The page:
The organisational and legislative structures we have in place are often a function of an analogue world.  They simply don’t work very well in a digitally interconnected one.  As someone driven to make an impact, I find nothing more soul-destroying than taking a clunky pen and paper process, and swapping it for a clunky keyboard and spreadsheet process. 

Without the ability to understand the end-to-end context (for “need to know” reasons), and to be able to optimise the entire value chain (that often spans departments and legislative instruments), we’re often just left shuffling deck chairs.  And if not that, we then swing to the opposite extreme where you have to build an entire Death Star to do anything.  Either way, it can very often feel like you’re left with Hobson’s choice, ticking boxes or being overwhelmed by enormity. Even with all of the mixed metaphors, it’s easy to see why people become disillusioned, as it isn’t a recipe for a meaningful career. 

National Security isn’t unique in this regard but does probably have an additional unique set of challenges over the more citizen-facing areas of government.  A recent report by the National Audit Office highlights the need for cross-cutting sponsorship of the associated business change, often at Permanent Under Secretary (PUS) level.  I agree that cross-cutting sponsorship is vital but PUS’ likely already have a sizeable in tray, especially those with a national security of foreign policy brief.  They’re human too.  How many realistically have the capacity to really take on the scale of this challenge?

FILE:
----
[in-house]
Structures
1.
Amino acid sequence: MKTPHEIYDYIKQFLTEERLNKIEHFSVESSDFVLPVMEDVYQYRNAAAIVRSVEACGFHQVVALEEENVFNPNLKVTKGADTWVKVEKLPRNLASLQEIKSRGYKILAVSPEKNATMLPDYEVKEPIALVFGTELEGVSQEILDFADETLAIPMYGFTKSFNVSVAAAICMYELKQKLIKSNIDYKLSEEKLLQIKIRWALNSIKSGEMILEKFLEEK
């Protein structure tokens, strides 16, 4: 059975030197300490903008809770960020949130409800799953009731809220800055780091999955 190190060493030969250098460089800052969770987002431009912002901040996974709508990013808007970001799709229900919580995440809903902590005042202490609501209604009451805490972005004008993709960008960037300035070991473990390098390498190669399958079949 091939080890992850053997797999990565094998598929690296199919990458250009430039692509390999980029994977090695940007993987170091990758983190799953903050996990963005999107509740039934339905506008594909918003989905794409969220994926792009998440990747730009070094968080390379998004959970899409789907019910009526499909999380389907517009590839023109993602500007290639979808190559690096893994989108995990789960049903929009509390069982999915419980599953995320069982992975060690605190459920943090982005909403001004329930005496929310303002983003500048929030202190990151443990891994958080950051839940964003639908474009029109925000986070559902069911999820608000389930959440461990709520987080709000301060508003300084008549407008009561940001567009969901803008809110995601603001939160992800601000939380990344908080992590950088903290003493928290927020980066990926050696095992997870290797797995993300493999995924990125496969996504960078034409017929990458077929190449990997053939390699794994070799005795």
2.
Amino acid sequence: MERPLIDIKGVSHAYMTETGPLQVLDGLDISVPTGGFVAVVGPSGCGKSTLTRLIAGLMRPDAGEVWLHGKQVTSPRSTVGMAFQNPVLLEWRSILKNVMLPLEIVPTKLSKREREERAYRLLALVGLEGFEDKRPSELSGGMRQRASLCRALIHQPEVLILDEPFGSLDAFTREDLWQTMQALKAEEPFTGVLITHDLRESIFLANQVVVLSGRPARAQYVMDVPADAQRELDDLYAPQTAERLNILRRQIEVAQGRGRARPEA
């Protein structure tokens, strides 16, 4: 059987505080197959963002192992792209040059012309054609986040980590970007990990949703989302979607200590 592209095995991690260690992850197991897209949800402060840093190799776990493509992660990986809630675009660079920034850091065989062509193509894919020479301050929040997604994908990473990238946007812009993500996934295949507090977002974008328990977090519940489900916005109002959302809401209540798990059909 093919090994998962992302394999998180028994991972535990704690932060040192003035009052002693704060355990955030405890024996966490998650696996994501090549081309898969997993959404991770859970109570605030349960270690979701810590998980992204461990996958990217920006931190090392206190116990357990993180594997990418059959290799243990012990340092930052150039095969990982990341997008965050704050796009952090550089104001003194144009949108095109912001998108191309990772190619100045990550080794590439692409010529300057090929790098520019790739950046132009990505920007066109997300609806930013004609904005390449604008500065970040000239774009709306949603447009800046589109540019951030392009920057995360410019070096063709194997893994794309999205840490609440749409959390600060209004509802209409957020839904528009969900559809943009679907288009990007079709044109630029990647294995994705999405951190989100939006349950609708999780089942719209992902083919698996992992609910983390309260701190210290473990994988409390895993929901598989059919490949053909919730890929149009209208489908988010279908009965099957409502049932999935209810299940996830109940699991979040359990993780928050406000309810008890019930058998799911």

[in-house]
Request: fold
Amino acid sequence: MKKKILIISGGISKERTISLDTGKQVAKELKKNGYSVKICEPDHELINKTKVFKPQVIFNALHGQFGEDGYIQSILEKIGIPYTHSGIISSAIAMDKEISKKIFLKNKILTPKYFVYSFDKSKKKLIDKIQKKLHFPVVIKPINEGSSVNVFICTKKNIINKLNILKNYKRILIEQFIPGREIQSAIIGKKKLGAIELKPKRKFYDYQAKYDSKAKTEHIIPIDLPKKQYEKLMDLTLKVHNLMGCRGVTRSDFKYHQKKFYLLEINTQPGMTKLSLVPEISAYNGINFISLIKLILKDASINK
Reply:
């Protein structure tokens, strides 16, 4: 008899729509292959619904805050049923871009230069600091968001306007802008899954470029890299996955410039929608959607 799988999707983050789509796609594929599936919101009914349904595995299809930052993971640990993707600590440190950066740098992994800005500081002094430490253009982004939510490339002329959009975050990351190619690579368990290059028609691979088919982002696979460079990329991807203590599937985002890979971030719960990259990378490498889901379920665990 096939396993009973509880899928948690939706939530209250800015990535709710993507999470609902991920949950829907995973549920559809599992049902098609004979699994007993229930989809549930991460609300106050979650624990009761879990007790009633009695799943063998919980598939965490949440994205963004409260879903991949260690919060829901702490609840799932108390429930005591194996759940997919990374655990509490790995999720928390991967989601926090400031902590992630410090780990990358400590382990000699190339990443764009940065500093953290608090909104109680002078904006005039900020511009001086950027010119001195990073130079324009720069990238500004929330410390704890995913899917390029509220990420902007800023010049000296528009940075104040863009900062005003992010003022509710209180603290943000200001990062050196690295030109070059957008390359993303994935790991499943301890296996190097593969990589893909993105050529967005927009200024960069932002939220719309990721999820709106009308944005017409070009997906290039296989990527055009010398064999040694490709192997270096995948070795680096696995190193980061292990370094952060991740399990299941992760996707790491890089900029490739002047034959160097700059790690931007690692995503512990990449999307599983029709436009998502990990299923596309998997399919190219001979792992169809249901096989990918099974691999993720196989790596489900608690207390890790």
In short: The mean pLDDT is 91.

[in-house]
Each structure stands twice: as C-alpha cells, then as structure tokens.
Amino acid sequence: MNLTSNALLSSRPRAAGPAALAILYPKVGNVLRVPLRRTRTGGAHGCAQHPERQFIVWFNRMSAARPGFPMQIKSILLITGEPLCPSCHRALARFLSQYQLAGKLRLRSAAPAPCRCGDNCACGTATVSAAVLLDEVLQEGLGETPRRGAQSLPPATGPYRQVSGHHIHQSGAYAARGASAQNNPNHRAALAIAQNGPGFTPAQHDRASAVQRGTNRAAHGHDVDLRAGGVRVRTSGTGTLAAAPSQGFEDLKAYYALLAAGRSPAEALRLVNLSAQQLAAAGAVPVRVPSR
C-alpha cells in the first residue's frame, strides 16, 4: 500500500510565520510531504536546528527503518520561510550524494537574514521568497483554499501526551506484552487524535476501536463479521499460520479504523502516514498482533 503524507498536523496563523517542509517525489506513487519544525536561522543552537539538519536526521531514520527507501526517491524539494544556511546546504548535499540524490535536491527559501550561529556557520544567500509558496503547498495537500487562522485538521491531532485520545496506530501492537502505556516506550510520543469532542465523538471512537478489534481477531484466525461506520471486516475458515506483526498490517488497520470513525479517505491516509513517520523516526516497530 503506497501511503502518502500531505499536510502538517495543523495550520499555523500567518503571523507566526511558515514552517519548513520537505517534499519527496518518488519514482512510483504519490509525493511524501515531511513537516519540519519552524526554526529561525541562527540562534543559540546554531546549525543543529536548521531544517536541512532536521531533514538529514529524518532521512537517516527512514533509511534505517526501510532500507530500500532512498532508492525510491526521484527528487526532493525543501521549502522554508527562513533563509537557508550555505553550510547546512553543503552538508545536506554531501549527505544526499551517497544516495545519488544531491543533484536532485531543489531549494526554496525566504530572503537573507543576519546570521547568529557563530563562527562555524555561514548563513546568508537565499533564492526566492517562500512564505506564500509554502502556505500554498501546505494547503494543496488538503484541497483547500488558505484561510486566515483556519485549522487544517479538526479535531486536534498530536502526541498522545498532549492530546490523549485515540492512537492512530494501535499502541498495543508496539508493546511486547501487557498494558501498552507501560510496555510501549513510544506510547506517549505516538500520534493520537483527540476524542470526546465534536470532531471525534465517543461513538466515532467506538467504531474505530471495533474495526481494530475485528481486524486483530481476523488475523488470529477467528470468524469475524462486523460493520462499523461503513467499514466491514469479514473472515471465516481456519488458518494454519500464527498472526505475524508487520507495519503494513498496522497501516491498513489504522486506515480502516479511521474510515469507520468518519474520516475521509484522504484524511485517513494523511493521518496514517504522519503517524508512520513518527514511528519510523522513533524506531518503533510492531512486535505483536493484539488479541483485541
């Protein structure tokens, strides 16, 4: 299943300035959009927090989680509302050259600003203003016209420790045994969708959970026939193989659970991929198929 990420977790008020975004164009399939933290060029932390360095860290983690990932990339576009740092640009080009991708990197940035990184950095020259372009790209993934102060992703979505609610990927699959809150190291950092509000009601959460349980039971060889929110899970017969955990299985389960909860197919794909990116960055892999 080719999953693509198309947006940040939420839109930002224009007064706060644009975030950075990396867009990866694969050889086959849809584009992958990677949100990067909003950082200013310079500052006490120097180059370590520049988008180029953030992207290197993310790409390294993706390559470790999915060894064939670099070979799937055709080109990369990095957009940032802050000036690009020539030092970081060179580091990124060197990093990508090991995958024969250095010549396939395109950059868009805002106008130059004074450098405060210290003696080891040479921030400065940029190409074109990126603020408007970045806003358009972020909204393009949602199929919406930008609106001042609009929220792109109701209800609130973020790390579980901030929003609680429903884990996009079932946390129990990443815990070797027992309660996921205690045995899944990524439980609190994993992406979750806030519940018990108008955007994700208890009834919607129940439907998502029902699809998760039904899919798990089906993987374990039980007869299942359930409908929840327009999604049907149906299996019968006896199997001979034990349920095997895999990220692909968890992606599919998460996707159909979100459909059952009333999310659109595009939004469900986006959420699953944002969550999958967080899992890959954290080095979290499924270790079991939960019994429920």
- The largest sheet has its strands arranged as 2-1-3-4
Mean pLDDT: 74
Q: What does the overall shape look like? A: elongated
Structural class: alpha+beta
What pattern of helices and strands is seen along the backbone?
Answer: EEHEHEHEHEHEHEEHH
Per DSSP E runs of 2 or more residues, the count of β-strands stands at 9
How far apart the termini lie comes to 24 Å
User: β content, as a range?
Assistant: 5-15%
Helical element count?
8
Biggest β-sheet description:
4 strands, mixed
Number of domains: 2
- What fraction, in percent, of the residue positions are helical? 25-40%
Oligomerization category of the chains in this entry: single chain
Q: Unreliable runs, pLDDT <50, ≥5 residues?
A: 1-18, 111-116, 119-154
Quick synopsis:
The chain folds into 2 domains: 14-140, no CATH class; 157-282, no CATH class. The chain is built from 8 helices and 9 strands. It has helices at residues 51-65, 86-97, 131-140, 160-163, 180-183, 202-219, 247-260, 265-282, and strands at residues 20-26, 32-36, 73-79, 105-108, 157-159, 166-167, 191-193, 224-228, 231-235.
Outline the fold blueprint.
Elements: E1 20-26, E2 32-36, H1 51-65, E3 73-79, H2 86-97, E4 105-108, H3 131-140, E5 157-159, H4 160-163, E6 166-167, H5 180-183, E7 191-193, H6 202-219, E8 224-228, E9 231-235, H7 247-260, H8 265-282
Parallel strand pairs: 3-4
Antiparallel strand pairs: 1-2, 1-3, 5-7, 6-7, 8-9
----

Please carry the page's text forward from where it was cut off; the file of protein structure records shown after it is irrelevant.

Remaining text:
For now, we seem doomed by Conway’s law, forced to keep building dysfunctional solutions because we’ve built somewhat dysfunctional institutions.  The inevitable result is that our ability to offer the workforce the opportunity to feel like they make a meaningful contribution is diminished. The bright lights and enticing benefits of other sectors become more attractive. 

A sense of mastery

A big motivator for many is a sense of mastery of your craft.  Whilst the word artisan doesn’t get used often in tech contexts, the truth is that many people who are purpose-driven have an intrinsic motivator to be the best version of themselves. But being a master relies on a level of external validation; despite my best efforts, declaring myself a master of something (no matter how many blogs I write!) just doesn’t lend the same credence as it would if that title were conferred upon me by someone else.    

The siloed and secretive nature of the National Security security sector makes it hard to get that external validation. Often you can’t widely advertise what you do, and possibly you yourself have no idea of the outcomes you’re enabling.